By Stephen Vizcarra

October 3, 2018 --

Waters Xevo G2 TOF

If you have been following our mass spec series you have certainly recognized the number of different ways mass spec can be used to separate ions of different masses. Time of Flight Mass Spectrometry (TOF-MS) was developed in the 1940’s and began to gain popularity in the 1990’s. Since then, the technology has been enhanced and updated to be the device we have today. TOF-MS consists of an analyzer that measures ion mass by logging the ion flight time. TOF mass spectrometers function in a pulsed mode, rather than a continuous mode. This way, all of the ions with different masses are accelerated to the same kinetic energy and pulse into the field-region of the flight tube. When leaving the acceleration region, the ions will move down the field, with velocities inversely proportional to the square root of their masses. Ions with different m/z ratios arrive at the detector at different times. Under this principle, lighter atoms with higher velocity arrive before the heavier atoms.

You may be wondering, how does one convert flight time into mass? In order to do so, a calibration with a solution of known compounds is sent through the TOF-MS. The computer that receives the data will use these known values in its calculations along with a comparison of the calibration masses and their exact values to determine any minor deviations. The calibration step is critical for obtaining accurate mass measurements.

OF LC/MS includes TOF mass spectrometers designed to be used with HPLC or other liquid separation techniques. These instruments are configured with electrospray ionization (ESI) sources, as well as pressure chemical ionization (APCI), atmospheric pressure photoionization (APPI), or some combination thereof. Some quadrupole TOF (Q-TOF) models can even be configured with matrix-assisted laser desorption ionization (MALDI) sources. We discussed TOF instruments that are built as dedicated MALDI systems in a previous article.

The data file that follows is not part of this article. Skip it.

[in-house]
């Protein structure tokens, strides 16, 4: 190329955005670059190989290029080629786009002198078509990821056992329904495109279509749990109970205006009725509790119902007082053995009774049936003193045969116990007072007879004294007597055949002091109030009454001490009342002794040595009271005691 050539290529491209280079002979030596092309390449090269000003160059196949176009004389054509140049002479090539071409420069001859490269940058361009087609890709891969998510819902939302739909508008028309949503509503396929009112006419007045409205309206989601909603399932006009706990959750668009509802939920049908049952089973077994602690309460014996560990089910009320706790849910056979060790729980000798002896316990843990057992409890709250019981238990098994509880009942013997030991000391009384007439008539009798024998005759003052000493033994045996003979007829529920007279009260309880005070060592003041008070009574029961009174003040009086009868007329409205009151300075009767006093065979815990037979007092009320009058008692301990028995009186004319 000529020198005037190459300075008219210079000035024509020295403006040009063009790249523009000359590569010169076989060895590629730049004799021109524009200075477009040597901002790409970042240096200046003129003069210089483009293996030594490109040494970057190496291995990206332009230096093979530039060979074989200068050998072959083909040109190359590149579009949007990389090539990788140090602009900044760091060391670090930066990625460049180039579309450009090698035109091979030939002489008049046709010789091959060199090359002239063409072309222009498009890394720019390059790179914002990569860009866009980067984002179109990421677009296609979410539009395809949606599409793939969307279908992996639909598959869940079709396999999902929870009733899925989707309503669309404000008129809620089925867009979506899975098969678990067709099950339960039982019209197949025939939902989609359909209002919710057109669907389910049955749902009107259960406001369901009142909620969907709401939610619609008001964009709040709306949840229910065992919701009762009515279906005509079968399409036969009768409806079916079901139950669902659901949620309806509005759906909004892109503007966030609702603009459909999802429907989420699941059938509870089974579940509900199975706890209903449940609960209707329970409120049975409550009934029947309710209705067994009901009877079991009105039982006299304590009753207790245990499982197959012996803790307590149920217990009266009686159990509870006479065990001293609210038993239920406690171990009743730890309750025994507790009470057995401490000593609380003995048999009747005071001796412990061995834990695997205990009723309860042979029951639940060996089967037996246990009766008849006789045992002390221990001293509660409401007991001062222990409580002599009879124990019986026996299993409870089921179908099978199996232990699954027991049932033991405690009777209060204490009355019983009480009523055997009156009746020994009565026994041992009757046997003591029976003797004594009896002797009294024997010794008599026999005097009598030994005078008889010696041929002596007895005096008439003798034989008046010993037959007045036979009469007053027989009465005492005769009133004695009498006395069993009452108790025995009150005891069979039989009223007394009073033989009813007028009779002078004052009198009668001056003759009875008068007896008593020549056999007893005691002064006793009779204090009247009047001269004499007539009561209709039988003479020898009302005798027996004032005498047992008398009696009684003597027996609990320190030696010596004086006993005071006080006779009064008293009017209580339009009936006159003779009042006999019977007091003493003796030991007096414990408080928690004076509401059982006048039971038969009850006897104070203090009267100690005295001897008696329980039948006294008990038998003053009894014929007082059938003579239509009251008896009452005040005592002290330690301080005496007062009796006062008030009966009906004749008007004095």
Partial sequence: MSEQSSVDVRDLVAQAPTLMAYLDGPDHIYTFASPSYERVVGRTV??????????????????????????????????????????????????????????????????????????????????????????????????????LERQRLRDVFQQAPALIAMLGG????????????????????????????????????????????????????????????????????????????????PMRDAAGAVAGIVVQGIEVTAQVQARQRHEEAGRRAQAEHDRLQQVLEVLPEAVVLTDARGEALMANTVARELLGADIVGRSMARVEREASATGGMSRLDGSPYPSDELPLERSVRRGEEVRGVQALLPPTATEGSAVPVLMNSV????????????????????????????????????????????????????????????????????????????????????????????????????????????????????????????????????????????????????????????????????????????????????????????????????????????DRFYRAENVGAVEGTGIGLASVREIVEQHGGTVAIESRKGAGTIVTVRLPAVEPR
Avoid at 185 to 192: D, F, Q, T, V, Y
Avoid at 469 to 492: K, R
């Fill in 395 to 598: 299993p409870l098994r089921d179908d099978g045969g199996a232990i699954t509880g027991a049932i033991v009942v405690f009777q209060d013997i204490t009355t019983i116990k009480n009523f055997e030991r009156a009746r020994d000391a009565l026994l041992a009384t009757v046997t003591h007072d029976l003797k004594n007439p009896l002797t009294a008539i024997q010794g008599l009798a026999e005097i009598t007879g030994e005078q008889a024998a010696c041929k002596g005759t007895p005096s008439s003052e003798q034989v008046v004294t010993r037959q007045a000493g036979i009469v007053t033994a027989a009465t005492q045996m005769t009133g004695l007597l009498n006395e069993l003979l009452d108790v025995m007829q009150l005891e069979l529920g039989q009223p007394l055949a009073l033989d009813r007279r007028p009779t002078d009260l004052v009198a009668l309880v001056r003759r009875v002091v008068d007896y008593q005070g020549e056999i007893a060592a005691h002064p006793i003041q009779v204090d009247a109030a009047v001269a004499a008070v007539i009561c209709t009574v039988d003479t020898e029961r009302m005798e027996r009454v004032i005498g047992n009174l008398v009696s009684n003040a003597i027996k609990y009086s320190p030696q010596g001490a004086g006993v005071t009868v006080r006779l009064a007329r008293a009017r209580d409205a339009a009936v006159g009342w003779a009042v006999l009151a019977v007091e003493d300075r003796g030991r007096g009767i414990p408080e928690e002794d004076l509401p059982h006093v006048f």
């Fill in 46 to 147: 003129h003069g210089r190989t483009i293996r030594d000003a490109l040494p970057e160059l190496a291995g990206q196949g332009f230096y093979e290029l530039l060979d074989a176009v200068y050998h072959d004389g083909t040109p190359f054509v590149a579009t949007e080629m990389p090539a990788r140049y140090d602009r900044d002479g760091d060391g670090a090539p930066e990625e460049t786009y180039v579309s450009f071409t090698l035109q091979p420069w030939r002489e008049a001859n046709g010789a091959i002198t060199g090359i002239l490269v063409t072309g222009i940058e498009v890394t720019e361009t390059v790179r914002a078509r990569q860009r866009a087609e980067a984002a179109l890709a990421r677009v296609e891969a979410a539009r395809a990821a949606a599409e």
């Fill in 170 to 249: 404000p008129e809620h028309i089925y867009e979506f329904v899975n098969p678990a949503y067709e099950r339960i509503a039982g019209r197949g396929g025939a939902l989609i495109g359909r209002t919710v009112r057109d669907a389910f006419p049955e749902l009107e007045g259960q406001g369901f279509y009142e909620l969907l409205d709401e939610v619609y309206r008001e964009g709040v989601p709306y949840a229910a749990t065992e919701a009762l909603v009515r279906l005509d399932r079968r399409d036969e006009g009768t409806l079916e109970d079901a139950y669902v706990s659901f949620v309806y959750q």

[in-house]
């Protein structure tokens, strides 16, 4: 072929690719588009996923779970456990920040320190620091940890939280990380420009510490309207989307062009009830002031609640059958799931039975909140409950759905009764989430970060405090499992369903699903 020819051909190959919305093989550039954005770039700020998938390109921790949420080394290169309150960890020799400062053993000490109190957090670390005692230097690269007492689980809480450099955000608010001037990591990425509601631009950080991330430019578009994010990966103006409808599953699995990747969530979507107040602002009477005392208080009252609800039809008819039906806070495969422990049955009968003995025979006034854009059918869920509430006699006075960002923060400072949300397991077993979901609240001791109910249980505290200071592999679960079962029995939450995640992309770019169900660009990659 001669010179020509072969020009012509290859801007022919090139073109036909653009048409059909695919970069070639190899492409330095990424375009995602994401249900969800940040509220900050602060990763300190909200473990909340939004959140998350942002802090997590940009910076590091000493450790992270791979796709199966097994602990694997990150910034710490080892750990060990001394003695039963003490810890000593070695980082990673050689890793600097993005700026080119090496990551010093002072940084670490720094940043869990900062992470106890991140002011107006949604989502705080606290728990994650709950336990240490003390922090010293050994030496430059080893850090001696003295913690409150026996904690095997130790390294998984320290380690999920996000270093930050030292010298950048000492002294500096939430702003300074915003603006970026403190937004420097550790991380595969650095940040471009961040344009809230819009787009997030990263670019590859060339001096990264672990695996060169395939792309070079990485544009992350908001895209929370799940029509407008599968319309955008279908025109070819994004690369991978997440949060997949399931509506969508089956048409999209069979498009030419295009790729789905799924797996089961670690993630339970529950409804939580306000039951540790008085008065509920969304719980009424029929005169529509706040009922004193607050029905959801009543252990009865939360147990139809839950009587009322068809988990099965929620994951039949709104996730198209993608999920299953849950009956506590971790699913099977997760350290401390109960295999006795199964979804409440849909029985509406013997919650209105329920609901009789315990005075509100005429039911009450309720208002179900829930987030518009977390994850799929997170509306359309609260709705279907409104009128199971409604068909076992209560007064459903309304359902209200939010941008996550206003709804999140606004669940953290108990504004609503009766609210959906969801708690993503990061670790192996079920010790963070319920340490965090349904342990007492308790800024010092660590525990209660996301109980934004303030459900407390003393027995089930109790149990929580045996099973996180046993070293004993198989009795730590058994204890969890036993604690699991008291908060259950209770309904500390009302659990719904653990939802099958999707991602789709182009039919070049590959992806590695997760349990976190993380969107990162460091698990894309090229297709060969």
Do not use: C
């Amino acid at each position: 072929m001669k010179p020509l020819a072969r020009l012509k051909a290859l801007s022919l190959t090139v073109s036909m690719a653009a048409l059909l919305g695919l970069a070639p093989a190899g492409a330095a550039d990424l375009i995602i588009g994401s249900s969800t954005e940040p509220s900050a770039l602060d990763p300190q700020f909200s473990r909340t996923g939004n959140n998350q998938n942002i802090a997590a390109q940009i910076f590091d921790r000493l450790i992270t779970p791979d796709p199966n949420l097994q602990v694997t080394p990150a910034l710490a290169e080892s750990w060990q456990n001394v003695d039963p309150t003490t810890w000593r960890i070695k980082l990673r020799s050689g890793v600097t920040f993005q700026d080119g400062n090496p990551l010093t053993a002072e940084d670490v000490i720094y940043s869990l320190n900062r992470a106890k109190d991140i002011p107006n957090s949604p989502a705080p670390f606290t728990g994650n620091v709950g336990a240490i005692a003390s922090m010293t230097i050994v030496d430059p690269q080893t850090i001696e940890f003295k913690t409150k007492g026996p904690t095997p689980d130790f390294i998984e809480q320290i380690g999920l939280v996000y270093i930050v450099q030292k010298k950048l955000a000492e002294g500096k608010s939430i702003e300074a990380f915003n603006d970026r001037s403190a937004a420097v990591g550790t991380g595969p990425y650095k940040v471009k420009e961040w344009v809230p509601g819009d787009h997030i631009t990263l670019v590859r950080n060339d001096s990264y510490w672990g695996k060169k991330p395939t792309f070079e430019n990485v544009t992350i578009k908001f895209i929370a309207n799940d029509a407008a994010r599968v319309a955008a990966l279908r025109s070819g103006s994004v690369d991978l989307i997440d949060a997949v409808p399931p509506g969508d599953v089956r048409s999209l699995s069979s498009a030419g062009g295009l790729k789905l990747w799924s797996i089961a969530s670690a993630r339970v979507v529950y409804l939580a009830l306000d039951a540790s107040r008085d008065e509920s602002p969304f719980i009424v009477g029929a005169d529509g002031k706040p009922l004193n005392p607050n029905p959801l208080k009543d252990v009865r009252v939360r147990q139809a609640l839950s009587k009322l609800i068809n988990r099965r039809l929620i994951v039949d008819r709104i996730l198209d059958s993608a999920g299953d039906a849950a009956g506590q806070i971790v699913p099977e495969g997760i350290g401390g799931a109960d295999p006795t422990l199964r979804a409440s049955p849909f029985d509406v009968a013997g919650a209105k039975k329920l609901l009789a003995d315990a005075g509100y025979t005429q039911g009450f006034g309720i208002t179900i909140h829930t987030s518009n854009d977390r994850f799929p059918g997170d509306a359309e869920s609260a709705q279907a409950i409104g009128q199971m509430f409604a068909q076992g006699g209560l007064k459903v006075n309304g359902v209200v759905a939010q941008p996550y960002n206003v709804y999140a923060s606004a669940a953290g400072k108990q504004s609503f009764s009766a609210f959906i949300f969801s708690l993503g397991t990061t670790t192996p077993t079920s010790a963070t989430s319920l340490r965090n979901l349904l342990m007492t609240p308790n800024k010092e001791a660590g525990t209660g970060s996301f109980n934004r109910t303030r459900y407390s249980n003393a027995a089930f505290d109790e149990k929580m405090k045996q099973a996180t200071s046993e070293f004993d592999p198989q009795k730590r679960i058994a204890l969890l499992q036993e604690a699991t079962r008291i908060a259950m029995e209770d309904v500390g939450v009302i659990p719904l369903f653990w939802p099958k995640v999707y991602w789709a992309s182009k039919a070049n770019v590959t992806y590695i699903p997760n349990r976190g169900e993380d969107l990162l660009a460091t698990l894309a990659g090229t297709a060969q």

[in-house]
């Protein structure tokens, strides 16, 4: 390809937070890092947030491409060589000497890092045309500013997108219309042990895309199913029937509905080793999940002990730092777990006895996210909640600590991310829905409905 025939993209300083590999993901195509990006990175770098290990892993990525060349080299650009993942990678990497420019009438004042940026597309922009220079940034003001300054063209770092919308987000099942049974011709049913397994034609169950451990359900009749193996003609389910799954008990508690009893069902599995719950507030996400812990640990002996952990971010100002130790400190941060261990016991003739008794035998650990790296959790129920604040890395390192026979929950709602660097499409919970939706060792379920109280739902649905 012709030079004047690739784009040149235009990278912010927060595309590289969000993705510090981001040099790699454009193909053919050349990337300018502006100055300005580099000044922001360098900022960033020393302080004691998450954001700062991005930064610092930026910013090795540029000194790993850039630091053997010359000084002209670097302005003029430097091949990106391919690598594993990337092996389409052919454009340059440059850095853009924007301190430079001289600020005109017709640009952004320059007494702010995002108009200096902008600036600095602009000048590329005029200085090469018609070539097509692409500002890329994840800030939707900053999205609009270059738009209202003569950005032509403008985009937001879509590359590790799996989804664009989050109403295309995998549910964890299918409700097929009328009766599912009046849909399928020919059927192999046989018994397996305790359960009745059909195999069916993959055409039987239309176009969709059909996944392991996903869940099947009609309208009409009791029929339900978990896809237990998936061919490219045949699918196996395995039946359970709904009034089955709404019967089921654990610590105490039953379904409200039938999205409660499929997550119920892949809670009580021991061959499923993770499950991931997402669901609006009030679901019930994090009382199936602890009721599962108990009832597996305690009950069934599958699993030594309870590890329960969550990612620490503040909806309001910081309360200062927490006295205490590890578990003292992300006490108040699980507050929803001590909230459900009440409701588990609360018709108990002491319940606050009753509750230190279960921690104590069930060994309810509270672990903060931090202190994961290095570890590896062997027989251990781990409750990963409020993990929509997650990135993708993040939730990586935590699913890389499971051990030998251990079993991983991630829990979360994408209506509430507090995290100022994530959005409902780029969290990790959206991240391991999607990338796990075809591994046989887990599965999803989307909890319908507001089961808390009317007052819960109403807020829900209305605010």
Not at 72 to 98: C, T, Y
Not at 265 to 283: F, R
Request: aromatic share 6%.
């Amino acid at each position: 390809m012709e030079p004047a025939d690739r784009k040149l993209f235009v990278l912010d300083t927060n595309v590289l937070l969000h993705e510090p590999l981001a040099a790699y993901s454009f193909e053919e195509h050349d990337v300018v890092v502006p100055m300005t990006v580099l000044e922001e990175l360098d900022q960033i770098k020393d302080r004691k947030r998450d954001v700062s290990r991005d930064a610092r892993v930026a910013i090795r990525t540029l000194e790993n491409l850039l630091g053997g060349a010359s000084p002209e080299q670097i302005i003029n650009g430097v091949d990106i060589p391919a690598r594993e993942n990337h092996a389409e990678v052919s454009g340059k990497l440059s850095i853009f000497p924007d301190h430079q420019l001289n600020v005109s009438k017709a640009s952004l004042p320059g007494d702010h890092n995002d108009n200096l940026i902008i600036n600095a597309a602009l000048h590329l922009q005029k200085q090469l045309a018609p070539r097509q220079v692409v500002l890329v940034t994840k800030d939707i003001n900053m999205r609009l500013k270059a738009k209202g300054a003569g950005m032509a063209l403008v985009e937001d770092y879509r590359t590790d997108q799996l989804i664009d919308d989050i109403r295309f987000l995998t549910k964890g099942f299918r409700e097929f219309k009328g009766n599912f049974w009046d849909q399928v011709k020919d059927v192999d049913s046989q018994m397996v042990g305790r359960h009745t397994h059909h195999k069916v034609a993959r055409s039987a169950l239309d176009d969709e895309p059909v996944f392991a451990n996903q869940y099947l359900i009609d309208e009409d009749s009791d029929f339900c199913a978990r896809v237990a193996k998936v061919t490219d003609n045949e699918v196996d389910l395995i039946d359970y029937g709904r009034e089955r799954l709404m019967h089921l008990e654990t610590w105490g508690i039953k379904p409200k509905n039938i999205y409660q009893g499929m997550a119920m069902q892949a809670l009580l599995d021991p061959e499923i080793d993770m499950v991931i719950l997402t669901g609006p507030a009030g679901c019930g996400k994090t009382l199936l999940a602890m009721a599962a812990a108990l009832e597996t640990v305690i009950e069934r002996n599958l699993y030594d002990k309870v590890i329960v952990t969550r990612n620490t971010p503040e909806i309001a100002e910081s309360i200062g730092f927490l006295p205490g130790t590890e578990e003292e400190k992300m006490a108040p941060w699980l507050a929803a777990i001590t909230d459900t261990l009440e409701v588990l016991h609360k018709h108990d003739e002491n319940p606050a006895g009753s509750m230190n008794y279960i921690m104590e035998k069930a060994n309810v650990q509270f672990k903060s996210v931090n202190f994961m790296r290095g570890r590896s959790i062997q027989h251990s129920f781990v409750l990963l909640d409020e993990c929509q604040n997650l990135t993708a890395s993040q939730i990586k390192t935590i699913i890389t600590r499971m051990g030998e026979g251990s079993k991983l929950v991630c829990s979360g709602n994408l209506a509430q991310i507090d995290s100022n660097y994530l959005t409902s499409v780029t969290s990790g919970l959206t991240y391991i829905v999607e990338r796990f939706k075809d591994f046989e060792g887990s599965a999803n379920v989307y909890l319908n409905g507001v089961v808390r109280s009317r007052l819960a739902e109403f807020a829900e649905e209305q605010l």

TOF LC/MS includes LC-TOF, Q-TOF and ion trap TOF (IT-TOF) instruments. LC-TOF is the most basic, coupling a TOF analyzer with an HPLC. Q-TOF is a hybrid configuration using a quadrupole mass analyzer in tandem with a TOF mass analyzer and can perform MS/MS experiments. A more recent variant of the Q-TOF uses an ion trap front end in tandem with a TOF mass analyzer and is referred to as an IT-TOF. IT-TOF models are relatively rare and fairly similar to the conventional Q-TOF instrument.

Like any technology, the TOF-MS system has a number of pros and cons. For one, the TOF-MS system is capable of acquisition rates up to 500 spectra/s. This makes it a great option as an MS detector when coupled with gas chromatography applications. TOF can be advantageous in broad-spectrum applications due to increased mass accuracy and high sensitivity. In many causes TOF-MS is recognized for its high-resolution results, however, TOF instruments can have limited resolution at high mass. This is because as the mass of ions at the detector increases, it can become more difficult for the detection system to differentiate. In any case, depending upon your application, TOF-MS can be an excellent choice to enhance your work!

What do you think?

How has Time of Flight MS benefitted your research? What do you think could make the technology even stronger? Start the discussion below in the forums!


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